About Me,  Teaching

Fly Out a Window

Face your fears

Stare them down

Don’t be scared

Stand your ground

Cause nothing is scary as it appears

All you gotta do is face your fears


Face Your Fears by Rachel Bloom



There comes a time, when you realize you aren’t a kid anymore. Some people are prepared, and just know. They are born with this instinct, this drive, this “I’ve been an adult since I was 5 years old.”


I didn’t have that. I realized I was an adult when I was standing in front of a group of 13-20 year olds, and realized that I’m their teacher and have to keep them alive for the next 8 hours….every Monday-Friday…until the end of time.

Fly out of a window,
Fly off a building

On paper, I was prepared to be an adult. I had two jobs, had a bachelor’s degree, had a teaching license, was in a fairly successful relationship that I hadn’t sabotaged, and I was paying my rent on my own on time every month.


To me, that seems like pretty good adulting. But then nothing could prepare me for the first moment I walked into the classroom, and I didn’t have that person that is more of an adult, and will make sure I don’t accidentally do something wrong, or say the wrong thing. I was a for real teacher.


All you gotta do is face your fears


It was terrifying.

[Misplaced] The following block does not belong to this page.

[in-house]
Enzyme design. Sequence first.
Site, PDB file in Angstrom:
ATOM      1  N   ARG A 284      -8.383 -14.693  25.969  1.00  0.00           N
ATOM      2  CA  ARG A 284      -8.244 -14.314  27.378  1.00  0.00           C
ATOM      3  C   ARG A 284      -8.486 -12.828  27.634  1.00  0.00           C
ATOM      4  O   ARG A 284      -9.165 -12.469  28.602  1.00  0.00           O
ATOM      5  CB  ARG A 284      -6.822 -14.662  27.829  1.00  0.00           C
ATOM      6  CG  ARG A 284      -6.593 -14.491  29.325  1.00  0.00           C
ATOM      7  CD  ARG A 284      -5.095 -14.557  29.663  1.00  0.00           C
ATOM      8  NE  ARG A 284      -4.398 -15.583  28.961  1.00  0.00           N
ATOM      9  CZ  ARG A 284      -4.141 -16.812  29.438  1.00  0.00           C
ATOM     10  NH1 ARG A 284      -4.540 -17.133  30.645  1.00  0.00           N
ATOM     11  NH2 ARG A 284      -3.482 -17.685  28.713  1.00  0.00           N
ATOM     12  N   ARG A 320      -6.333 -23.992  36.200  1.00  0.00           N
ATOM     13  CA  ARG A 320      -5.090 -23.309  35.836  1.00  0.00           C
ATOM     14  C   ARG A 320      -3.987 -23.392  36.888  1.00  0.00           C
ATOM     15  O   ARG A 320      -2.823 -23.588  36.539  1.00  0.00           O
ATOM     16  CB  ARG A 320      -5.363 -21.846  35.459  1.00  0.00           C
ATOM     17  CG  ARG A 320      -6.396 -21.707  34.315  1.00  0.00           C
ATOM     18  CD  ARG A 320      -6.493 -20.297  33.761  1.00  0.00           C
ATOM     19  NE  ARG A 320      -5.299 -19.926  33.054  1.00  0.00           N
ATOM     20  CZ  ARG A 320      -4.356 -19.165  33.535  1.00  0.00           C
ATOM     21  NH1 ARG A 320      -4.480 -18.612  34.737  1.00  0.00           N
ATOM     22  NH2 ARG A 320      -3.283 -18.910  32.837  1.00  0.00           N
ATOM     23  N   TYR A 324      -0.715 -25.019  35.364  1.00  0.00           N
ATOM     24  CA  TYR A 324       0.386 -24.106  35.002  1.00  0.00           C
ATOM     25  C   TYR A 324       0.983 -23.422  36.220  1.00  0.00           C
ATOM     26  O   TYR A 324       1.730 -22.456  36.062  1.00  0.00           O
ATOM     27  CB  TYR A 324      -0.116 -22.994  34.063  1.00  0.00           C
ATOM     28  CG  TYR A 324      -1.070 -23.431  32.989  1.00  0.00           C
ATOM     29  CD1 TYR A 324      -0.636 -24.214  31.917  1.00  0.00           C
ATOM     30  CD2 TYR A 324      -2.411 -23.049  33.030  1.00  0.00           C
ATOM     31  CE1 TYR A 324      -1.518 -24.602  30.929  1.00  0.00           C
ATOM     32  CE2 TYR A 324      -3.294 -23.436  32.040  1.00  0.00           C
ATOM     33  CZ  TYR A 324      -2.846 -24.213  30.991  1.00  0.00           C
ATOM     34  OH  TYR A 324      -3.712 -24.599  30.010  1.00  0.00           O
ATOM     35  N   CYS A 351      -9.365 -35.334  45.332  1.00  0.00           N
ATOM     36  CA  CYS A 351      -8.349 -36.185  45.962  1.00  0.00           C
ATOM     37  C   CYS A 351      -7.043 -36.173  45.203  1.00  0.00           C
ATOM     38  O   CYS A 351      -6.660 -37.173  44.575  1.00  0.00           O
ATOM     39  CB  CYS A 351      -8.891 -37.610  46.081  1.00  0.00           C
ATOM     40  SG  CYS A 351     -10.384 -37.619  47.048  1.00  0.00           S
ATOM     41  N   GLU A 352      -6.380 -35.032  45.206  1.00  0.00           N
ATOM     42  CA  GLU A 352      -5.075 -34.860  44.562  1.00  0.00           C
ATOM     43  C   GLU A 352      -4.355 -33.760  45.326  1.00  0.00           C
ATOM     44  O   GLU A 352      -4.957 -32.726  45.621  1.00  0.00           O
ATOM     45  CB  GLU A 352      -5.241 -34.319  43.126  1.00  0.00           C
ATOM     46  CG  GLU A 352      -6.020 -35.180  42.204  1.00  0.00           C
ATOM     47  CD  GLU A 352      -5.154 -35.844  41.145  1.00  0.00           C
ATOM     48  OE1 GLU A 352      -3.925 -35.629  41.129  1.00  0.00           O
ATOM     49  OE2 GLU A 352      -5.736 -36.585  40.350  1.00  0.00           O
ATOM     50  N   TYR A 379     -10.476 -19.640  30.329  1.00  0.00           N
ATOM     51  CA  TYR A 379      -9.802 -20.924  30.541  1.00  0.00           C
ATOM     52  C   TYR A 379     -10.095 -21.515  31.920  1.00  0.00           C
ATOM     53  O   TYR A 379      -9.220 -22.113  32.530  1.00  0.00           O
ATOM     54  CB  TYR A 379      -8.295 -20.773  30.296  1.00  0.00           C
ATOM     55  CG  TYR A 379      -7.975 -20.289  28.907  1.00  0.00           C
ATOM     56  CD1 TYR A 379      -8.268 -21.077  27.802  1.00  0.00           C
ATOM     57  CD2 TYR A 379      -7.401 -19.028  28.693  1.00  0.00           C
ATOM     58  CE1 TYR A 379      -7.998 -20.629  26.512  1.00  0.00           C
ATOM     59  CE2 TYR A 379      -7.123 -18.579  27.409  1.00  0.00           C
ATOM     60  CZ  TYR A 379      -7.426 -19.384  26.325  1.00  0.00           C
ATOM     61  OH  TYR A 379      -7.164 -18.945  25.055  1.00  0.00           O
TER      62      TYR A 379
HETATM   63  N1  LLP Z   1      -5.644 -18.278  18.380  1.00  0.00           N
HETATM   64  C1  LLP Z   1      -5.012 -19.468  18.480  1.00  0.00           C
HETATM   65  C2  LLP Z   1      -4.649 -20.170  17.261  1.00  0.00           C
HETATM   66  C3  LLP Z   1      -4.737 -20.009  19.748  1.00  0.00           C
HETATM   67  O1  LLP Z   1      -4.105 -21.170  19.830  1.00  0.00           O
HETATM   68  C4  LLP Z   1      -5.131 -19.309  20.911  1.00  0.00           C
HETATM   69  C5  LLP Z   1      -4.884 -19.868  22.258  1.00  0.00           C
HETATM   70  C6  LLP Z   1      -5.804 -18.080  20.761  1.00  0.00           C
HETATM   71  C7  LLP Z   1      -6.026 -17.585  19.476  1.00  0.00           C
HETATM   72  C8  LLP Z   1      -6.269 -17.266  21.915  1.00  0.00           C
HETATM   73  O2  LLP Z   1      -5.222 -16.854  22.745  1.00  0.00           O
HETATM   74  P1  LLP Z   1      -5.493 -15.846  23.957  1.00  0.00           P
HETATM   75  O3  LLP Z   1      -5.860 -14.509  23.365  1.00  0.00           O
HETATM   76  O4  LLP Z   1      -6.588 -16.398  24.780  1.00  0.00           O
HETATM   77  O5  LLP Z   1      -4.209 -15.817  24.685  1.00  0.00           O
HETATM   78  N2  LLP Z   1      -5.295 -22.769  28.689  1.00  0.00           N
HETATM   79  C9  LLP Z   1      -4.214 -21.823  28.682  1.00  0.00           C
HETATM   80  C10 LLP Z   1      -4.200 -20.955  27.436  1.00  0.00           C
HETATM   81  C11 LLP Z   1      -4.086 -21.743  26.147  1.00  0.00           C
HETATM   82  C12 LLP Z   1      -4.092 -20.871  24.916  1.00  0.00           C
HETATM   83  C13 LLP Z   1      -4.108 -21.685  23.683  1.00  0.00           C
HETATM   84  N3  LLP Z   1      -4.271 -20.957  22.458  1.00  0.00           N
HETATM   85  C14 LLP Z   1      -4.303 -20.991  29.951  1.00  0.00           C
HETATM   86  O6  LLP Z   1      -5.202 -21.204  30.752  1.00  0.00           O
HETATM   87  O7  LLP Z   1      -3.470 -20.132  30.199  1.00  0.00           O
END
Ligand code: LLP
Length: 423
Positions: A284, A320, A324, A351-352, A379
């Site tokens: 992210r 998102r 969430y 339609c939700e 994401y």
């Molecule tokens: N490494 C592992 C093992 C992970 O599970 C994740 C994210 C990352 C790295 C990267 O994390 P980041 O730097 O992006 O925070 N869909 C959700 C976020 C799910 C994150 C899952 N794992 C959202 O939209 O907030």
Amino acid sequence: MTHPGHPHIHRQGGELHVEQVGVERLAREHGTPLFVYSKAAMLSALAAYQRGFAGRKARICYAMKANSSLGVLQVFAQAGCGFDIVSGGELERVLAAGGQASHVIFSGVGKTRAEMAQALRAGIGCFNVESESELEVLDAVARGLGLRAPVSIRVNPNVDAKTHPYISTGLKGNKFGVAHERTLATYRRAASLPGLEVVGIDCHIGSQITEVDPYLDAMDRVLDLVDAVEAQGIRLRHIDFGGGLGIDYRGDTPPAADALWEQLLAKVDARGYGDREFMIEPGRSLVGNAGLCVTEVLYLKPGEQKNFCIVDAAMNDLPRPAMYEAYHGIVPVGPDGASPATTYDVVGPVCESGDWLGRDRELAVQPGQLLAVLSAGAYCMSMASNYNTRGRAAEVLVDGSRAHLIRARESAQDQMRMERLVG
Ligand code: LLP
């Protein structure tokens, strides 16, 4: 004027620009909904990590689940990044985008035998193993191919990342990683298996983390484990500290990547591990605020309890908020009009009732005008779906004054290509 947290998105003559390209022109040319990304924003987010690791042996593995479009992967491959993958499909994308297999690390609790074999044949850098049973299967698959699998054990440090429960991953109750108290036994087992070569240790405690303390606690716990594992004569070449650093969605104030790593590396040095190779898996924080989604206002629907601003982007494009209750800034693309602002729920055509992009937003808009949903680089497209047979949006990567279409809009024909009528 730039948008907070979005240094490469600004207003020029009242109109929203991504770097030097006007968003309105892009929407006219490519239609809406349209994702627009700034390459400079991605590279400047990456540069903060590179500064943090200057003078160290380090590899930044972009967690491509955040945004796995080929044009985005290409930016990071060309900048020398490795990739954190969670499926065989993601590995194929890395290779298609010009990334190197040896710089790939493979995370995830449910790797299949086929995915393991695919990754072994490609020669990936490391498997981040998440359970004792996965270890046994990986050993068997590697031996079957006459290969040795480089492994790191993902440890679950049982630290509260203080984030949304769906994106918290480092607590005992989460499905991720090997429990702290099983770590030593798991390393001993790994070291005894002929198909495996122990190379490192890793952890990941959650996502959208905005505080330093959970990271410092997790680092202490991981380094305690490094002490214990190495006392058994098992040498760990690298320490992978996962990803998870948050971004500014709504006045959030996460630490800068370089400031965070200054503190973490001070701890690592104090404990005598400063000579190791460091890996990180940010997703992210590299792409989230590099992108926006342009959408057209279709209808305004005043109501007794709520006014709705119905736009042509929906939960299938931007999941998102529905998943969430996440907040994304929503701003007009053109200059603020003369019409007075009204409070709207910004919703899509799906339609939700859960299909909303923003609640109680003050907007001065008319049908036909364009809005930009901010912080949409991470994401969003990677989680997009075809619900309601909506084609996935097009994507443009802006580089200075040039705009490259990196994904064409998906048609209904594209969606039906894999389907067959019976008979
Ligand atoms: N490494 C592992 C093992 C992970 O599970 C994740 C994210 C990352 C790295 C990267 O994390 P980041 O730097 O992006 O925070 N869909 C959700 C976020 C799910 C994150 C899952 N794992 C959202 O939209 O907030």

Why was it terrifying? This is why:


I was only 3 years older than my oldest student, so I instantly feared the worst.

What if they don’t listen to me?

What if they are smarter than me?

What if they try to fight me?

If you’re scared of bees,

Get Stung!

Well, all my fears came true, and more!


But then the realization, that I’m an adult now, whether I like it or not, and seeing all of these teenagers in front of me reaffirming that childhood is over, but being an adult is so much better anyway helped push me into accepting it quickly.


Because after a really bad day at school….I can go to happy hour with my friends and they can’t!

On a non-alcoholic note, I also have the freedom to actually take my time to de-escalate and spend time alone.

As a child, or a teenager, I didn’t have the freedom to do that. Now, I can take as much time as I need, go for a walk or a drive, and refresh myself. My cool down periods have helped me remain level headed and calm in the classroom and little Timmy* is getting on my last nerve.

*For the record, I have yet to teach a Timmy, so little Timmy will be an example from here on out, until Timmy walks through the door.


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